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Five Ways Cloud Security Has Changed in 2014

The landscape of cloud security is shifting. At Alert Logic, we publish an annual Cloud Security Report, and this year's trends are particularly relevant to IT professionals working to secure applications in the cloud.

For this report we examined the security threats faced by 2,200 users--organizations using both cloud-hosted and on-premise infrastructure for their environments. We set out to ascertain the likelihood of an attack happening, the persistence of those attacks and the level of security sophistication that was required to stop the attacks.

The big question on everyone's mind was, "Is the cloud as secure as dedicated, on-premise infrastructure?" Based on our findings, we do not believe that the cloud is inherently less secure than enterprise data center environments. Cloud providers give users built-in security controls and are transparent about the fact that the security of a customer's cloud is a partnership between the customer and provider.

Based on our analysis, here are five important trends in cloud security that we're noticing in 2014:

1. The Number of Attacks is Increasing

Expect the volume of attacks to continue growing, whether you're hosting your environment on-premise or in the cloud. From 2012 to 2013 vulnerability scanning attacks jumped from 27 percent to 44 percent for cloud-hosted environments, and from 28 percent to 40 percent for on-premise datacenters.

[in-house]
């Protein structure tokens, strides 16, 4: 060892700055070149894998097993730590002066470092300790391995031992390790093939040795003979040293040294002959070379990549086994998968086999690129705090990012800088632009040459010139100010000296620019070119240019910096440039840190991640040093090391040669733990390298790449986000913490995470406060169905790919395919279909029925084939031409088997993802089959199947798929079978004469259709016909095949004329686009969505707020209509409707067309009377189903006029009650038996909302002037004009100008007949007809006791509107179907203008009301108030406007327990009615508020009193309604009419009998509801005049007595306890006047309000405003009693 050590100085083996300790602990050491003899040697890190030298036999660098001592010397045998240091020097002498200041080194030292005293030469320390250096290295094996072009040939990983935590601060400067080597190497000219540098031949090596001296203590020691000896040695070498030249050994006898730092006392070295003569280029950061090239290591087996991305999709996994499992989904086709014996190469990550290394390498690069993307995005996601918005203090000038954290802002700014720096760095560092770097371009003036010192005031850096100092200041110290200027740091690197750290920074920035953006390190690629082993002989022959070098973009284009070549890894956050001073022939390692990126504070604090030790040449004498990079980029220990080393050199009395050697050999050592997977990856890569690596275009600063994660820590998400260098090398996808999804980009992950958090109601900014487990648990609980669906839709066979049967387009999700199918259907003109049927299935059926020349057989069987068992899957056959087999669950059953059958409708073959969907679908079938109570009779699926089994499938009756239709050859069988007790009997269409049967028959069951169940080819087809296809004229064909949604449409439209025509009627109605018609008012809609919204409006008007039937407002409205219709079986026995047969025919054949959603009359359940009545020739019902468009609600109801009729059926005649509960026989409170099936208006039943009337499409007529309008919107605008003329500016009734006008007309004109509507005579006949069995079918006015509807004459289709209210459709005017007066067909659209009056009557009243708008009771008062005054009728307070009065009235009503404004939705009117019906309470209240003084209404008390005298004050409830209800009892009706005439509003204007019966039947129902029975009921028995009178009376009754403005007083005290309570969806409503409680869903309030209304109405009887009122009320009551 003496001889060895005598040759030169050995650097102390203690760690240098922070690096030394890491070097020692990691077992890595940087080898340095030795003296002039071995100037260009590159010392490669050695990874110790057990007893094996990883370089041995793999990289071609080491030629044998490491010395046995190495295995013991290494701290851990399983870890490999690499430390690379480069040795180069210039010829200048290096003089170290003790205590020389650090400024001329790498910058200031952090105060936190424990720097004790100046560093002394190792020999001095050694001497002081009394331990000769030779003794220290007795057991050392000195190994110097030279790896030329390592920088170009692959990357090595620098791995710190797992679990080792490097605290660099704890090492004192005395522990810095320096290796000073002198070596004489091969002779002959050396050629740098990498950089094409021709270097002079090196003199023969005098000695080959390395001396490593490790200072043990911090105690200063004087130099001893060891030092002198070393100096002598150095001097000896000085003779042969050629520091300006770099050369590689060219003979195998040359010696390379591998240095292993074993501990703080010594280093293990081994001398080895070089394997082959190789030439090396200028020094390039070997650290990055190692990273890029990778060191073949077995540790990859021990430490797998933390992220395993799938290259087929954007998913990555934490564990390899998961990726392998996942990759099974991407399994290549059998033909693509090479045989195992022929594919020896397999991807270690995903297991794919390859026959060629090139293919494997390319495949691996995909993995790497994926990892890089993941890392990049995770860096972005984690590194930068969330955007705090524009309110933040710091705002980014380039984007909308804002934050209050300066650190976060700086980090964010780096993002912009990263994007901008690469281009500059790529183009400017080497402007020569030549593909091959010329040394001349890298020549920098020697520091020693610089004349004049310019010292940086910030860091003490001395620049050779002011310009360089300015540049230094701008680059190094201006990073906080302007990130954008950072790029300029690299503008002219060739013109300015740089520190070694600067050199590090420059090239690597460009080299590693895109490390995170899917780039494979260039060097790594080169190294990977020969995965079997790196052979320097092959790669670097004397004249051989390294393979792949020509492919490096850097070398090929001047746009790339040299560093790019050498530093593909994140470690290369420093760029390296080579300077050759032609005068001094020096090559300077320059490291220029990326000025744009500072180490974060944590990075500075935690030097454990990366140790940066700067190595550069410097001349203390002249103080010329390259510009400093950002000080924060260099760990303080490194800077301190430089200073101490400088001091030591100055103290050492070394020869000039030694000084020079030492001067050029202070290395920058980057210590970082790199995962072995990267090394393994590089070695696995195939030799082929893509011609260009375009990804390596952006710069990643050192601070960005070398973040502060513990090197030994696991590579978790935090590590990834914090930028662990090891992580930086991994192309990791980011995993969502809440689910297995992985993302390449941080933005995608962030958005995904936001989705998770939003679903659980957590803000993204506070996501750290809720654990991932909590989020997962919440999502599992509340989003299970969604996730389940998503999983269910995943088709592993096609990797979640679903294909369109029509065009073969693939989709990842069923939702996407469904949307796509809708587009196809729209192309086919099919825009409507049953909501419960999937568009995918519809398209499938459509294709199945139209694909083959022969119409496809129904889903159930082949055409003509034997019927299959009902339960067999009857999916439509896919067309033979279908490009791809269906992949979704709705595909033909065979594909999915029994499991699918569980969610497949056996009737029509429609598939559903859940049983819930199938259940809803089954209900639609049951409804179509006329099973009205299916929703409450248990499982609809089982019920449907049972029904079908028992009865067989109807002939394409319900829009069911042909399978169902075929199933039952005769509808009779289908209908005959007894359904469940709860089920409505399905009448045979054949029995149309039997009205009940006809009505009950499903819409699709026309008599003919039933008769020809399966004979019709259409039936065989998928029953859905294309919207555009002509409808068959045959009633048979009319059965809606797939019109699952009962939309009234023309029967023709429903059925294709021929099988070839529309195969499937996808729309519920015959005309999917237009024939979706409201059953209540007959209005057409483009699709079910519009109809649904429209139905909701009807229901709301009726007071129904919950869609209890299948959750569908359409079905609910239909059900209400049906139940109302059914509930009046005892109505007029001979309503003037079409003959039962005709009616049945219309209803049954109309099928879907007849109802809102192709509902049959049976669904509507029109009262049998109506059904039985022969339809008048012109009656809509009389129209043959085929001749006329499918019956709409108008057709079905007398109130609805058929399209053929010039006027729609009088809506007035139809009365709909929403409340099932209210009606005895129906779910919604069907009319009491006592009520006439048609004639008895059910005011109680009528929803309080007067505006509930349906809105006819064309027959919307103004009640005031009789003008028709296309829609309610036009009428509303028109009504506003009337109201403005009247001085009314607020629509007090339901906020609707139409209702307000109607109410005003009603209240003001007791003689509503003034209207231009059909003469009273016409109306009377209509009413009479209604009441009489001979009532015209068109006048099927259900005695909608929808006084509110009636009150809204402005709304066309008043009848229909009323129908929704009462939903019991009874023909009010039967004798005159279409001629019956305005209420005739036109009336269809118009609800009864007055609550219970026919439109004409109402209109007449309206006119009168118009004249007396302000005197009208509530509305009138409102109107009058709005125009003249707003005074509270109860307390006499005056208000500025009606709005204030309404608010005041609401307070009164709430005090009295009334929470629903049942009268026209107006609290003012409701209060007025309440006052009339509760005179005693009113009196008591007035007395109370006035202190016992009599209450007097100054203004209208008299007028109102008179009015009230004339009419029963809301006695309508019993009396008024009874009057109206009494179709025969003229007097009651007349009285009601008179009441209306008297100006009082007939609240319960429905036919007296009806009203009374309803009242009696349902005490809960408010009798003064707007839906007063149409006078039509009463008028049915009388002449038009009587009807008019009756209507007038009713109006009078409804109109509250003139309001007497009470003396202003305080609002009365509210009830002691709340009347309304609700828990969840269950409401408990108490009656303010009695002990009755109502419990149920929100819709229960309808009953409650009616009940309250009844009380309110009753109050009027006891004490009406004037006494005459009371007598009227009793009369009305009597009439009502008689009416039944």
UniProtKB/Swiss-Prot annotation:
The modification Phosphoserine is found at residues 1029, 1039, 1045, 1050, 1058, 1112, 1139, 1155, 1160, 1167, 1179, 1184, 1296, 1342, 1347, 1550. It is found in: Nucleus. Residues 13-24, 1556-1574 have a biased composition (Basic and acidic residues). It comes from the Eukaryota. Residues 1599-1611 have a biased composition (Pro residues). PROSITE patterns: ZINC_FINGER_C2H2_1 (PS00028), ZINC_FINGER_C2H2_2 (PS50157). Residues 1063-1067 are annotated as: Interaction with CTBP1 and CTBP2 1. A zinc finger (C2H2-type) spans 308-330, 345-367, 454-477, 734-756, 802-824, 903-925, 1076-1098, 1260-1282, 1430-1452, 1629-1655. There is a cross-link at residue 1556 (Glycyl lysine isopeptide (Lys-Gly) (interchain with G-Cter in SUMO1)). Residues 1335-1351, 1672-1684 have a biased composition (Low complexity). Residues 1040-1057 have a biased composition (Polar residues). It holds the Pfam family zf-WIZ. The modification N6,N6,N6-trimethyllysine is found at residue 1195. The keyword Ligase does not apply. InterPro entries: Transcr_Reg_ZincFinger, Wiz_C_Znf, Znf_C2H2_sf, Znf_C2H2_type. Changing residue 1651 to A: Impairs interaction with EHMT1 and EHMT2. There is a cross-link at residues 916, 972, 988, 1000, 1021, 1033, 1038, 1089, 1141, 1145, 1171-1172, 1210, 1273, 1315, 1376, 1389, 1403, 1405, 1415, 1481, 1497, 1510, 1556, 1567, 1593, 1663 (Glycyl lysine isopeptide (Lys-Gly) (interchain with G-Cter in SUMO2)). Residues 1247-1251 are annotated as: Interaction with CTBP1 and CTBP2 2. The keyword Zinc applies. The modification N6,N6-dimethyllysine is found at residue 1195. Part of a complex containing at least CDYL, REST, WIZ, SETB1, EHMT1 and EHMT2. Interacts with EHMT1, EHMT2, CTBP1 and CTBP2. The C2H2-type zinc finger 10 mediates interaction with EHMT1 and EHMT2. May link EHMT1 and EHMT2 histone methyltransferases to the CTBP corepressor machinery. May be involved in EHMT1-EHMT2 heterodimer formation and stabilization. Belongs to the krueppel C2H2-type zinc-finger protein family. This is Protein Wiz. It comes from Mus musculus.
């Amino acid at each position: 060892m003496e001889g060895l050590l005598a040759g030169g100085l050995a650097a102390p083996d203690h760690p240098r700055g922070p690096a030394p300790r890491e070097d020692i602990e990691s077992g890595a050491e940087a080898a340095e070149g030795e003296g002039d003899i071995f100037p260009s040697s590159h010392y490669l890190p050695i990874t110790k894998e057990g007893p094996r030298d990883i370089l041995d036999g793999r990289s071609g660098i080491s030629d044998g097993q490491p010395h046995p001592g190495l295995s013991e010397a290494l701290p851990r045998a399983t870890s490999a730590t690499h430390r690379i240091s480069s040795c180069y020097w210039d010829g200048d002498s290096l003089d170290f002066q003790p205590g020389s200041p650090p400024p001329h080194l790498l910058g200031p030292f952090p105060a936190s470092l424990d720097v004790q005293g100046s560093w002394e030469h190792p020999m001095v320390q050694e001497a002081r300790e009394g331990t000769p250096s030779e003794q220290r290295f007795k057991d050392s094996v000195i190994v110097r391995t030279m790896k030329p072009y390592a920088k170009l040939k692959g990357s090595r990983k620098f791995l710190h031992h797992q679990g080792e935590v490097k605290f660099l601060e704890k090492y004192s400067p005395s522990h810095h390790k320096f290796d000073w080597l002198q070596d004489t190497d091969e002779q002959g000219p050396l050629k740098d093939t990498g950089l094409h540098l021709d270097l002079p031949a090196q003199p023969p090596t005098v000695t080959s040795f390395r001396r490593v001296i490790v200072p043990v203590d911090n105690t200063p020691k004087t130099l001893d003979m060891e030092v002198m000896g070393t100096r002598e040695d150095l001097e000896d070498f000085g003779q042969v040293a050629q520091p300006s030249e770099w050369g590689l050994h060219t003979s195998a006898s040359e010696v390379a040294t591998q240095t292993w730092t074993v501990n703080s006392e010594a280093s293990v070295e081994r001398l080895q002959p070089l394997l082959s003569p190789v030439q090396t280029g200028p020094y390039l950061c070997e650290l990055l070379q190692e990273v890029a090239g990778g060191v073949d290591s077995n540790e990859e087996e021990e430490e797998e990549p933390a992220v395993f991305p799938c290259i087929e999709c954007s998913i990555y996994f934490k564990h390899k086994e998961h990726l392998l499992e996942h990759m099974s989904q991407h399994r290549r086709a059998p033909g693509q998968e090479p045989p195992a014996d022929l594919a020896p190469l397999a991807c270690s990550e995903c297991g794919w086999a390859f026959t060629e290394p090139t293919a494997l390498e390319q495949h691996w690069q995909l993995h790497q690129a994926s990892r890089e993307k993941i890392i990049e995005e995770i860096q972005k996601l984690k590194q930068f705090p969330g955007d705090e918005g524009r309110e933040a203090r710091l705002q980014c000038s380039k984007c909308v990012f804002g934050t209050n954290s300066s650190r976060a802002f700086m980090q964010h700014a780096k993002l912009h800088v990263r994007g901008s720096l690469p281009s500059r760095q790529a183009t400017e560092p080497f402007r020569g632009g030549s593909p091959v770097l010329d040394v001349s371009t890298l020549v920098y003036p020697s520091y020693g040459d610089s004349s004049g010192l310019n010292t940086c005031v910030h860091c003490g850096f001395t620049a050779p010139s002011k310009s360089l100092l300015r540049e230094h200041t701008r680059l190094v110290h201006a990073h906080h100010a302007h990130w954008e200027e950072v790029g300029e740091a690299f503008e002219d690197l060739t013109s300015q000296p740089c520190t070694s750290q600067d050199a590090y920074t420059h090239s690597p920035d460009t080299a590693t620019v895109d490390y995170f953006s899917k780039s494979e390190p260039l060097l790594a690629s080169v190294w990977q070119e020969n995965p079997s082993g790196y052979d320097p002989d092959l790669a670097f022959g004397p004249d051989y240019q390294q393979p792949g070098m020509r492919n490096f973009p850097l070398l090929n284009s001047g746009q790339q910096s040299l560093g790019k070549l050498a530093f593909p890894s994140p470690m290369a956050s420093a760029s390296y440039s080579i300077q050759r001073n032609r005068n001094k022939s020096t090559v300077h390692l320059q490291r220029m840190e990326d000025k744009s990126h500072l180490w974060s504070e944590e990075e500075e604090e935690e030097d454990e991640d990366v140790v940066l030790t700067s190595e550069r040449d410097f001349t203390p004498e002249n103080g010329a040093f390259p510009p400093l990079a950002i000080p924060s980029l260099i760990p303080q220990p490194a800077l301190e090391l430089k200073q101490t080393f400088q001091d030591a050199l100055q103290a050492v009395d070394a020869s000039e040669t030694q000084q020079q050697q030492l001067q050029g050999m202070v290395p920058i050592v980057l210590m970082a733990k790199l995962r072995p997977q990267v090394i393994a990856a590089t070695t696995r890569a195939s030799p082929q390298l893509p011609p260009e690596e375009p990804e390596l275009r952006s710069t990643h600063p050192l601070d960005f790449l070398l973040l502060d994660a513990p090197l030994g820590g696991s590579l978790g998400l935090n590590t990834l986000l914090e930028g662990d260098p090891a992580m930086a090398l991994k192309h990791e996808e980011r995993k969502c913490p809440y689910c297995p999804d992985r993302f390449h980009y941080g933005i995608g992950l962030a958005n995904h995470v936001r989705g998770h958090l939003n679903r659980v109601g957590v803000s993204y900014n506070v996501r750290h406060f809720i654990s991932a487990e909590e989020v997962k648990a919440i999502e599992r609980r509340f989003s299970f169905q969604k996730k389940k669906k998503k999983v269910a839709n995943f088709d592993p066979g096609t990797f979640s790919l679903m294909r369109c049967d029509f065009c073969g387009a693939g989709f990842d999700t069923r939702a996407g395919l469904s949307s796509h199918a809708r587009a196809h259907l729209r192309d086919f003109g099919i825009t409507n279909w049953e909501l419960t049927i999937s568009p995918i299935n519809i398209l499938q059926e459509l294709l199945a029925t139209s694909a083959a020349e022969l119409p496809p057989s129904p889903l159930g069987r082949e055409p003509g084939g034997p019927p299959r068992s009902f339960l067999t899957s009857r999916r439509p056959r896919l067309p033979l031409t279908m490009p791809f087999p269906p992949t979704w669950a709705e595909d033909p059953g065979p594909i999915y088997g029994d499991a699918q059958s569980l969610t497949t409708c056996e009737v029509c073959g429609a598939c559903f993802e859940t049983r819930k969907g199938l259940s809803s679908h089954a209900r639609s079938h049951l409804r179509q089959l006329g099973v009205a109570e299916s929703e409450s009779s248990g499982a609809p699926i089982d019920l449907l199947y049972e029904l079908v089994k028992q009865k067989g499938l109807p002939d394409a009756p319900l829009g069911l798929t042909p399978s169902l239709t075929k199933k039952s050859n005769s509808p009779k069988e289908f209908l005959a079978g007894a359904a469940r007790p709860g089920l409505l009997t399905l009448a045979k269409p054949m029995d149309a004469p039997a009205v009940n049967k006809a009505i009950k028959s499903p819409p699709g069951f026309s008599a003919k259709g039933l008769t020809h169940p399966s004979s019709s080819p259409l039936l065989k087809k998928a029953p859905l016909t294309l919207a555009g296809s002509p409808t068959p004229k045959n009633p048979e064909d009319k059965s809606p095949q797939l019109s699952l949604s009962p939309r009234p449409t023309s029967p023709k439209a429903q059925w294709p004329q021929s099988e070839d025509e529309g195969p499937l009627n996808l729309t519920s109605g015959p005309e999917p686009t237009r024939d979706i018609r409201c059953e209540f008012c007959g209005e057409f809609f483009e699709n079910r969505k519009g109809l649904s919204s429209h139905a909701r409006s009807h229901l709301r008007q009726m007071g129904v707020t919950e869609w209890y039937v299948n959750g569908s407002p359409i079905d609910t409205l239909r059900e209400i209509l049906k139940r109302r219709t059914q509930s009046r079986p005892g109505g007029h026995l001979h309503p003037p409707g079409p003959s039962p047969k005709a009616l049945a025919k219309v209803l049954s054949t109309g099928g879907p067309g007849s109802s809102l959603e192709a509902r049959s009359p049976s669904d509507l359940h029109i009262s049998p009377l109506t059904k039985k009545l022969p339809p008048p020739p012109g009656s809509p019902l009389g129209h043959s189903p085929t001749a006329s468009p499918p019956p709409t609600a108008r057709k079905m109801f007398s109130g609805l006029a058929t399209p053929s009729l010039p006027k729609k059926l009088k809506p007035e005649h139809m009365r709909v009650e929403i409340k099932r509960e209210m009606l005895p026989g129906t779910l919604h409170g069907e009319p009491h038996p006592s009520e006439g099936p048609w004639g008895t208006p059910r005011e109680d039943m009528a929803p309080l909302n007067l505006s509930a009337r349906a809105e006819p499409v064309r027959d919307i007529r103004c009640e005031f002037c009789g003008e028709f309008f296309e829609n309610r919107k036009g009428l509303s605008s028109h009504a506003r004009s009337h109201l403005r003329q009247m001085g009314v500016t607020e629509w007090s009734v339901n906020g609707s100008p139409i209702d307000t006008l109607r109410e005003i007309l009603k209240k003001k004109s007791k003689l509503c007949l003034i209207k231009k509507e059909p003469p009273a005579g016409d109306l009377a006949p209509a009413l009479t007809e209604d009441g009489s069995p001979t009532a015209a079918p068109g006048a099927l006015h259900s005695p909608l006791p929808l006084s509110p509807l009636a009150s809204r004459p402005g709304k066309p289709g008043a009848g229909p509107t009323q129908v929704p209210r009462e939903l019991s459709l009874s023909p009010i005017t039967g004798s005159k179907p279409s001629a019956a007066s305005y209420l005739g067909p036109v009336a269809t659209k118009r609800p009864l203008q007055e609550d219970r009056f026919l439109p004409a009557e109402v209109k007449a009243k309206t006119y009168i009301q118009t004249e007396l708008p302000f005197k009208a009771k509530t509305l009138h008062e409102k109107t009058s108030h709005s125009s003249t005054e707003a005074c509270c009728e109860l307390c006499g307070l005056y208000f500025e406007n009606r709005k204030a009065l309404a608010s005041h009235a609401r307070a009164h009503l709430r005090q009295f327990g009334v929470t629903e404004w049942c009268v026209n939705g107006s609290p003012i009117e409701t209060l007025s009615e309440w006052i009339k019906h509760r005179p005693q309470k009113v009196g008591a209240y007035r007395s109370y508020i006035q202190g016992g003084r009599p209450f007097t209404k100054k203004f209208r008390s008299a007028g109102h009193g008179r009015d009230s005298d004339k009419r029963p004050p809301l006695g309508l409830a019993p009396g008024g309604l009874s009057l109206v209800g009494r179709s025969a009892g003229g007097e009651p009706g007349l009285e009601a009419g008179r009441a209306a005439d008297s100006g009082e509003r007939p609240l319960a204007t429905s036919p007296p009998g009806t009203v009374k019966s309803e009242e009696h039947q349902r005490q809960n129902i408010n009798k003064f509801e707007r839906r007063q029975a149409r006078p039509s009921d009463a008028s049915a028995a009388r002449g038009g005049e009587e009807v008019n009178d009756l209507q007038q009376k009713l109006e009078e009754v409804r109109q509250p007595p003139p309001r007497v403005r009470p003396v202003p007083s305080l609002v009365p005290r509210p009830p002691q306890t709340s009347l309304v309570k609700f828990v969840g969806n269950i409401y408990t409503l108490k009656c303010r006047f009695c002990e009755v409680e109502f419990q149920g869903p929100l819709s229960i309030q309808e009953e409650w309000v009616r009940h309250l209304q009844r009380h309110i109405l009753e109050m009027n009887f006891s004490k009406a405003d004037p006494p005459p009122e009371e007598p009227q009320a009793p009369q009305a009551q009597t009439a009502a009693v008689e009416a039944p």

2. Cloud Environments and On-Premise Datacenters Face Some Increasingly Similar Threats

In the past, threats to cloud-hosted environments looked very different from those perpetrated against on-premise datacenters. This year's data paints a very different picture. We used to see more web application attacks in the cloud than in on-premise environments. Today, as traditional on-premise apps move to the cloud, the traditional on-premise attack types are following them there.

3. Differences Between Attack Types Persist

Our analysis shows that malware and botnet attacks continue to plague on-premise data center environments, with more than 50 percent of all customers reporting that they are affected. In contrast, these kinds of attacks only represent about 10 percent of attacks in cloud environments. We'll likely see these two numbers converge as more end-user apps and desktop virtualization infrastructure are deployed in the cloud.

4. Repeated Attacks Become the Norm

Our analysis found that when cloud and on-premise environments are attacked, they're rarely attacked just once. The wide availability of automated hacking tools is enabling hackers to launch repeated attacks, making 24x7 security monitoring all the more critical.

5. Antivirus Vendors Fail to Detect Many Attacks

For this report we deployed honeypots in public cloud infrastructures around the world in order to observe the types and frequencies of attacks. One of the most interesting findings in our Cloud Security Report was that 14 percent of the malware collected through our honeypot network remained undetected by 51 of the world's top antivirus vendors.

It's important for cloud consumers to recognize that they can't rely a single mechanism to identify threats. Defense in depth is critical. The "defense in depth" strategy that you use for your enterprise datacenter needs to also apply to your cloud infrastructure.

To learn more about cloud security best practices read the white paper, Cloud Security in an Agile World.

Read the entire Cloud Security Report at AlertLogic.com.

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